Russia Is Taking Over Ukraine’s Internet

Russia Is Taking Over Ukraine’s Internet
Russia Is Taking Over Ukraine’s Internet

Since the end of May, the 280,000 people living in the occupied port city and its surrounding areas have faced constant online disruptions as internet service providers are forced to reroute their connections through Russian infrastructure. Multiple Ukrainian ISPs are now forced to switch their services to Russian providers and expose their customers to the country’s vast surveillance and censorship network, according to senior Ukrainian officials and technical analysis viewed by WIRED.

The internet companies have been told to reroute connections under the watchful eye of Russian occupying forces or shut down their connections entirely, officials say. In addition, new unbranded mobile phone SIM cards using Russian numbers are being circulated in the region, further pushing people towards Russian networks. Grabbing control of the servers, cables, and cell phone towers—all classed as critical infrastructure—which allow people to freely access the web is considered one of the first steps in the “Russification” of occupied areas.

“We understand this is a gross violation of human rights,” Victor Zhora, the deputy head of Ukraine’s cybersecurity agency, known as the State Services for Special Communication and Information Protection (SSSCIP), tells WIRED. “Since all traffic will be controlled by Russian special services, it will be monitored, and Russian invaders will restrict the access to information resources that share true information.”

KHERSONTELECOM FIRST SWITCHED its internet traffic to a Russian network on April 30, before flipping back to Ukrainian connections for the majority of May. However, things appear to have shifted permanently since May 30. All of KhersonTelecom’s traffic is now being routed through Miranda Media, a Crimea-based company that’s itself connected to Russian national telecom provider Rostelecom. (Miranda Media was set up after Putin annexed Crimea in 2014). The day after KhersonTelecom made its latest switch, state-controlled Russian media outlet RIA Novosti the Kherson and Zaporizhzhia areas were officially being moved to Russian internet connections—days earlier, the outlet said the regions were also going to start using the Russian telephone code +7.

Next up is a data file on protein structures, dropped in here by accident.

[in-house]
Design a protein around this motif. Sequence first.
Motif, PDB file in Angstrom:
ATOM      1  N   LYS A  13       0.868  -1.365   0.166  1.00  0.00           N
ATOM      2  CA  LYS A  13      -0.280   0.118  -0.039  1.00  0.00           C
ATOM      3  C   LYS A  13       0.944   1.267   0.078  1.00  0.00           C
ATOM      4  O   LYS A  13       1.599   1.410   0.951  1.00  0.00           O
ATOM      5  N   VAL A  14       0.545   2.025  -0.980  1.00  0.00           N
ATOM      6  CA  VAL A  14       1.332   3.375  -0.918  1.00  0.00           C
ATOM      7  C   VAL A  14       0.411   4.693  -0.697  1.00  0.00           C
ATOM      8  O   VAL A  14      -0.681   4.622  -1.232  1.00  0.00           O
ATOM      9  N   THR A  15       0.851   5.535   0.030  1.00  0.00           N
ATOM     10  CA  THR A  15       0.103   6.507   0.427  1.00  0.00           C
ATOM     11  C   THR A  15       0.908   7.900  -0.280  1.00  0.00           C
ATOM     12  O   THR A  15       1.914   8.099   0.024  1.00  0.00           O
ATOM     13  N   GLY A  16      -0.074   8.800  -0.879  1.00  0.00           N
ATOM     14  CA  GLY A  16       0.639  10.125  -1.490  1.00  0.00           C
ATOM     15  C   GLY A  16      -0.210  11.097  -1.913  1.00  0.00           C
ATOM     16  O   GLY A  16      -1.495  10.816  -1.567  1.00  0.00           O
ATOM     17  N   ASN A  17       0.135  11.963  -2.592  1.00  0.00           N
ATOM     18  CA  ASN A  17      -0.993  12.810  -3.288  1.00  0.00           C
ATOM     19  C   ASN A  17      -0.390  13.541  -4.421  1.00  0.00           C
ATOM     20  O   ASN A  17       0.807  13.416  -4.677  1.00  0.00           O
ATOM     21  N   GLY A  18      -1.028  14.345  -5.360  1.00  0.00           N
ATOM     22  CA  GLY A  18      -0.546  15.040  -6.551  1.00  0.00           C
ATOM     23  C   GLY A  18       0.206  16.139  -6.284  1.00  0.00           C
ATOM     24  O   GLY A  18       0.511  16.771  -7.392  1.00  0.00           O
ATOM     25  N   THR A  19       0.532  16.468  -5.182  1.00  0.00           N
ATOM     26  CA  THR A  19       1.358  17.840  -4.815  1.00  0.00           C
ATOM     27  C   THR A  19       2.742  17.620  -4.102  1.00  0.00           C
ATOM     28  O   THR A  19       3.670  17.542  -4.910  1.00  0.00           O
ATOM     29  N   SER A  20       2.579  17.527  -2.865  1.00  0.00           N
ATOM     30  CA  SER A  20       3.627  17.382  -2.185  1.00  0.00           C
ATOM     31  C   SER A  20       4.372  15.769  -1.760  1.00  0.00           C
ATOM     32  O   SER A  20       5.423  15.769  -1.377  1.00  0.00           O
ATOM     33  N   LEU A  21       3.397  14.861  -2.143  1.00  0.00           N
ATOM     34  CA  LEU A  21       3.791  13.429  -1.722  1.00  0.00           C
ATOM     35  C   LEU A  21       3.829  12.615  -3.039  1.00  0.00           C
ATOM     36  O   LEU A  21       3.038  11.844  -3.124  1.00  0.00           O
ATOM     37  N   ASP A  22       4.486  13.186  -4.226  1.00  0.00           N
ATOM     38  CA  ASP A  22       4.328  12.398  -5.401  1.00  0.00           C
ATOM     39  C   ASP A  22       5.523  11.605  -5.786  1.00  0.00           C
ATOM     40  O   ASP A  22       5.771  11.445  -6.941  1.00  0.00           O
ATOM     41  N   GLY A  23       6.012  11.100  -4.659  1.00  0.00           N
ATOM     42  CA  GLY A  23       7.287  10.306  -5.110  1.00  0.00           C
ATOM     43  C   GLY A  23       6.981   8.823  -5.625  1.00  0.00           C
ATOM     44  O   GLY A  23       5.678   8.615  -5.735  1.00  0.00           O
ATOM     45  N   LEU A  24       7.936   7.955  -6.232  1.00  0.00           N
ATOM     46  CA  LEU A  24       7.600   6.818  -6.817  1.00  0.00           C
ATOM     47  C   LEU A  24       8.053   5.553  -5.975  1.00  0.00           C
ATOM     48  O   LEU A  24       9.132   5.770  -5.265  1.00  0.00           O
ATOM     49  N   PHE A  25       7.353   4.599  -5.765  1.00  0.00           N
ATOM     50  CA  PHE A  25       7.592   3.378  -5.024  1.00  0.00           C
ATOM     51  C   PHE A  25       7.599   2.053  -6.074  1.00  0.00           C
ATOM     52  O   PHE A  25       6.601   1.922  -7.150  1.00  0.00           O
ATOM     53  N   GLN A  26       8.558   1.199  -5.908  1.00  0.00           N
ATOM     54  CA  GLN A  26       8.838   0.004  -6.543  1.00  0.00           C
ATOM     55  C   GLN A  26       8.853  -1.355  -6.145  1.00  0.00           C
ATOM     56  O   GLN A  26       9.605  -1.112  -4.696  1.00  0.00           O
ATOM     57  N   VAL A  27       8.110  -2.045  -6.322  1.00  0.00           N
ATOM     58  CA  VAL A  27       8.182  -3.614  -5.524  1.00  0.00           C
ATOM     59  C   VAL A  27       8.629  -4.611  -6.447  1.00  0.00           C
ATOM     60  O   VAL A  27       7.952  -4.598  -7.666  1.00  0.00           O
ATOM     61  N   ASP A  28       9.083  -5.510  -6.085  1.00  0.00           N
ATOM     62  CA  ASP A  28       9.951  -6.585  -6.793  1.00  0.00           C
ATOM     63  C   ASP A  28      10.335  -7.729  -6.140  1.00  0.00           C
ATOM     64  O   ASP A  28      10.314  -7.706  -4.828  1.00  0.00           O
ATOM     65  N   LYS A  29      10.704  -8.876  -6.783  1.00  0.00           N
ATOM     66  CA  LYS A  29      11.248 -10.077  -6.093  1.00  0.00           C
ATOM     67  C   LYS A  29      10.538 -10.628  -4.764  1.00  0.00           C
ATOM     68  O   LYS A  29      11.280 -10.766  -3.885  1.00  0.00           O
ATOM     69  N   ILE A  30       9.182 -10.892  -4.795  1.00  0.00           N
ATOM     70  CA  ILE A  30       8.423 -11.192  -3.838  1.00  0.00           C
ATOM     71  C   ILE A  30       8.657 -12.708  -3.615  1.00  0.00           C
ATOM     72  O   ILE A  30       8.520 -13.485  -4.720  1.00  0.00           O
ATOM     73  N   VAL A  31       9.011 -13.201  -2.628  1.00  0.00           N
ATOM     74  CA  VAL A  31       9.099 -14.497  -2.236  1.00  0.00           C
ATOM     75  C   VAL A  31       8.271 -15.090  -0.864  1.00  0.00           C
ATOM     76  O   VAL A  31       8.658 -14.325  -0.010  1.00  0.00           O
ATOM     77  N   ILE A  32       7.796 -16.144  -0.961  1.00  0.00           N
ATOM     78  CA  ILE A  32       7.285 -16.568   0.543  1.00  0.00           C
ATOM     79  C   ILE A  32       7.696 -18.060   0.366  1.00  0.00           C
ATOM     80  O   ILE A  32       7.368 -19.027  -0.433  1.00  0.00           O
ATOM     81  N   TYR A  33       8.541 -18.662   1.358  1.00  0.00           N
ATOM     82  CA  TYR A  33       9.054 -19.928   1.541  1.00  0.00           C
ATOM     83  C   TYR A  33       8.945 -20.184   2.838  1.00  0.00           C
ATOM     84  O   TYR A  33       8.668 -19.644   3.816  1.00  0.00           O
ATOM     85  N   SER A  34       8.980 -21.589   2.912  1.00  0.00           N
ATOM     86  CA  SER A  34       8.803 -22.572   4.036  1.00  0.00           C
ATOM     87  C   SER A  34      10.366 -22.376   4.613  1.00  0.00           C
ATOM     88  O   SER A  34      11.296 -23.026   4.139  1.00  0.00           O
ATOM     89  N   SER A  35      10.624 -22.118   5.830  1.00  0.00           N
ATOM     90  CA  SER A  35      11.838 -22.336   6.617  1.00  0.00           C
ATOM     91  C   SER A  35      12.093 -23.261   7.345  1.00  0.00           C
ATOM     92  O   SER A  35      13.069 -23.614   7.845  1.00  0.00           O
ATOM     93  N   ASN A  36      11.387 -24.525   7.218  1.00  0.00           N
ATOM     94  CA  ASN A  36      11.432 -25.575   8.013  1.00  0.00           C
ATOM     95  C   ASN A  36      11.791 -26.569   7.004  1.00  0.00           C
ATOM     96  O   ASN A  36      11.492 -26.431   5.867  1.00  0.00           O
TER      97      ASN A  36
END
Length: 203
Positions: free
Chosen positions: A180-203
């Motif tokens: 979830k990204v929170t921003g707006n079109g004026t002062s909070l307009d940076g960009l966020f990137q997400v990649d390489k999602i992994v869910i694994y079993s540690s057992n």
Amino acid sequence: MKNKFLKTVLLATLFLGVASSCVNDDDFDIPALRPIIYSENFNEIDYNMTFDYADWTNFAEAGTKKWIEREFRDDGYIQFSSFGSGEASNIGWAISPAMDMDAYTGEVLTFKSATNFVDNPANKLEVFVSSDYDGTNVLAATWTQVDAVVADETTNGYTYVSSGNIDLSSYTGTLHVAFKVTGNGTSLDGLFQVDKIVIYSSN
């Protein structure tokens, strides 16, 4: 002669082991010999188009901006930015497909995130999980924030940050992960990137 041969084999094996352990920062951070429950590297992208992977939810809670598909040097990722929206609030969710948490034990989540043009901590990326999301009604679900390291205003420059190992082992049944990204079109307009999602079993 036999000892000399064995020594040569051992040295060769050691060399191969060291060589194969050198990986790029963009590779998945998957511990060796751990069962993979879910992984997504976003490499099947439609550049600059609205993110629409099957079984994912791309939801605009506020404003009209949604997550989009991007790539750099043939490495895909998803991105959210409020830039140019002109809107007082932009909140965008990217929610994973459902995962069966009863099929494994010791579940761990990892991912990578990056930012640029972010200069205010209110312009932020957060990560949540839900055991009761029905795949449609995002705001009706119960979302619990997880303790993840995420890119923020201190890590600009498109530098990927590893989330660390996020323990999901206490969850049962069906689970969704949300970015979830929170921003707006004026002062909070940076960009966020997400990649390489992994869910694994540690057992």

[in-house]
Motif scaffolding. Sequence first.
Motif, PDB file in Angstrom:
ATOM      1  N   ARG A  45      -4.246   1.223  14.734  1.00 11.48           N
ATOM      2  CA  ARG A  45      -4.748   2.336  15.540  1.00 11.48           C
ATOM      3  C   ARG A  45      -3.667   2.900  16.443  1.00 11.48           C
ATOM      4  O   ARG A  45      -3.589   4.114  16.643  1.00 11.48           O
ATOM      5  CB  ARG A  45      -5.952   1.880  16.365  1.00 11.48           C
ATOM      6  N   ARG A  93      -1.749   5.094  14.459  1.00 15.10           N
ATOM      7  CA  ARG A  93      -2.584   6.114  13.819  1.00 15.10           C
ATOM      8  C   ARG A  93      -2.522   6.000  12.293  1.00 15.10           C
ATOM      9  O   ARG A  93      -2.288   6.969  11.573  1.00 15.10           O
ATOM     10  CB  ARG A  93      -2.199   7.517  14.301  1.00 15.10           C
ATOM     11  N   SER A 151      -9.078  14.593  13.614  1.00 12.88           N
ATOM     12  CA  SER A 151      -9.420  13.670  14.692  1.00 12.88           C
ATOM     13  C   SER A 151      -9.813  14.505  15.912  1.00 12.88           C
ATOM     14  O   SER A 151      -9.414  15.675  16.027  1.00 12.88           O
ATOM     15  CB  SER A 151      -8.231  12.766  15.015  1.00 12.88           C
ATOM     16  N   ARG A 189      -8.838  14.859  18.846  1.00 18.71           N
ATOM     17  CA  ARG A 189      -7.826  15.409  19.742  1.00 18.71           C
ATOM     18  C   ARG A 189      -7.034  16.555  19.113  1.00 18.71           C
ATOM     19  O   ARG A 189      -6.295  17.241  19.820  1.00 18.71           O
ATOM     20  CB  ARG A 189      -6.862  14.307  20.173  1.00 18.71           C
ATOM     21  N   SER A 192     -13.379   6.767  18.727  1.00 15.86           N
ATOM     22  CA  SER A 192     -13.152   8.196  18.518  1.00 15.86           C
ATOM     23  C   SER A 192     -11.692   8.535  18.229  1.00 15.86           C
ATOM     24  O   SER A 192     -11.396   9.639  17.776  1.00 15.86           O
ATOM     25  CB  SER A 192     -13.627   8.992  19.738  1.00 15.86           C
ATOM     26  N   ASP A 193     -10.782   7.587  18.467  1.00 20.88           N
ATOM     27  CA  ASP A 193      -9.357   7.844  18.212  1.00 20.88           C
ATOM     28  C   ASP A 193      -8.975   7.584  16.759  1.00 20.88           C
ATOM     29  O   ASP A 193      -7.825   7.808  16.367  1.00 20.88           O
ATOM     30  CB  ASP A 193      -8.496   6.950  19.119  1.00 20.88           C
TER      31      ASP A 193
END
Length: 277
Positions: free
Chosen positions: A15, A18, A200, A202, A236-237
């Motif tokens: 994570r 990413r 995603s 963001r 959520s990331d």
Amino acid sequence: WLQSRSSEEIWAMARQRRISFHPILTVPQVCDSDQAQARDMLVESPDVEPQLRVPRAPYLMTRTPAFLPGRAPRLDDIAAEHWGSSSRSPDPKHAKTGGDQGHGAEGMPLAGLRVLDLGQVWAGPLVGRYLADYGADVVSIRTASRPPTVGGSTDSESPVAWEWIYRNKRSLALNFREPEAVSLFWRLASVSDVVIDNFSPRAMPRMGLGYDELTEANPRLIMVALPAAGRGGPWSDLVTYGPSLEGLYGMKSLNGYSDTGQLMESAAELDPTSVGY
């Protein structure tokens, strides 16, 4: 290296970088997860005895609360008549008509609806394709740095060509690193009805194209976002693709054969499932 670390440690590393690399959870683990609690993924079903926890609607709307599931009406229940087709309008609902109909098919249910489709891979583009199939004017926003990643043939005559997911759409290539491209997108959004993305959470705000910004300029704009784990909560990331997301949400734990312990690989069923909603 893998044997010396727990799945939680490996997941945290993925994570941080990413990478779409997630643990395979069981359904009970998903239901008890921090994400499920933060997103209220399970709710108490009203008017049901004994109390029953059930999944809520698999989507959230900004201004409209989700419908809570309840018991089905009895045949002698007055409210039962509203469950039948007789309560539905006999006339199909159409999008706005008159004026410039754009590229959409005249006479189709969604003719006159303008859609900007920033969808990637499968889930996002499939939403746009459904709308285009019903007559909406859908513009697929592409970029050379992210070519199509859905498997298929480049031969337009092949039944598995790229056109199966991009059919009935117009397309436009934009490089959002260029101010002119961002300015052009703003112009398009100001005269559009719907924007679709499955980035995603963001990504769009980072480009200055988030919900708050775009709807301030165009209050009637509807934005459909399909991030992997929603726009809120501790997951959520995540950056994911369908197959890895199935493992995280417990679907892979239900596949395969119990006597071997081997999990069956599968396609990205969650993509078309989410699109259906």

Zhora says that across occupied regions of Ukraine—including Kherson, Luhansk, Donetsk, and Zaporizhzhia—there is a patchwork of around 1,200 different ISPs. “We understand that most of them are forced to connect to Russian telecom infrastructure and reroute traffic,” Zhora tells WIRED. “Unfortunately, there are cases of massive routing of traffic of Ukrainian operators across Russian channels,” says Liliia Malon, the commissioner of Ukraine’s telecom regulator, the National Commission for the State Regulation of Electronic Communications. “Ukrainian networks are partially blocked or completely disconnected.”

Since the end of May, the 280,000 people living in the occupied port city and its surrounding areas have faced constant online disruptions as internet service providers are forced to reroute their connections through Russian infrastructure. Multiple Ukrainian ISPs are now forced to switch their services to Russian providers and expose their customers to the country’s vast surveillance and censorship network, according to senior Ukrainian officials and technical analysis viewed by WIRED.

The internet companies have been told to reroute connections under the watchful eye of Russian occupying forces or shut down their connections entirely, officials say. In addition, new unbranded mobile phone SIM cards using Russian numbers are being circulated in the region, further pushing people towards Russian networks. Grabbing control of the servers, cables, and cell phone towers—all classed as critical infrastructure—which allow people to freely access the web is considered one of the first steps in the “Russification” of occupied areas.

“We understand this is a gross violation of human rights,” Victor Zhora, the deputy head of Ukraine’s cybersecurity agency, known as the State Services for Special Communication and Information Protection (SSSCIP), tells WIRED. “Since all traffic will be controlled by Russian special services, it will be monitored, and Russian invaders will restrict the access to information resources that share true information.”

Zhora says that across occupied regions of Ukraine—including Kherson, Luhansk, Donetsk, and Zaporizhzhia—there is a patchwork of around 1,200 different ISPs. “We understand that most of them are forced to connect to Russian telecom infrastructure and reroute traffic,” Zhora tells WIRED. “Unfortunately, there are cases of massive routing of traffic of Ukrainian operators across Russian channels,” says Liliia Malon, the commissioner of Ukraine’s telecom regulator, the National Commission for the State Regulation of Electronic Communications. “Ukrainian networks are partially blocked or completely disconnected.”

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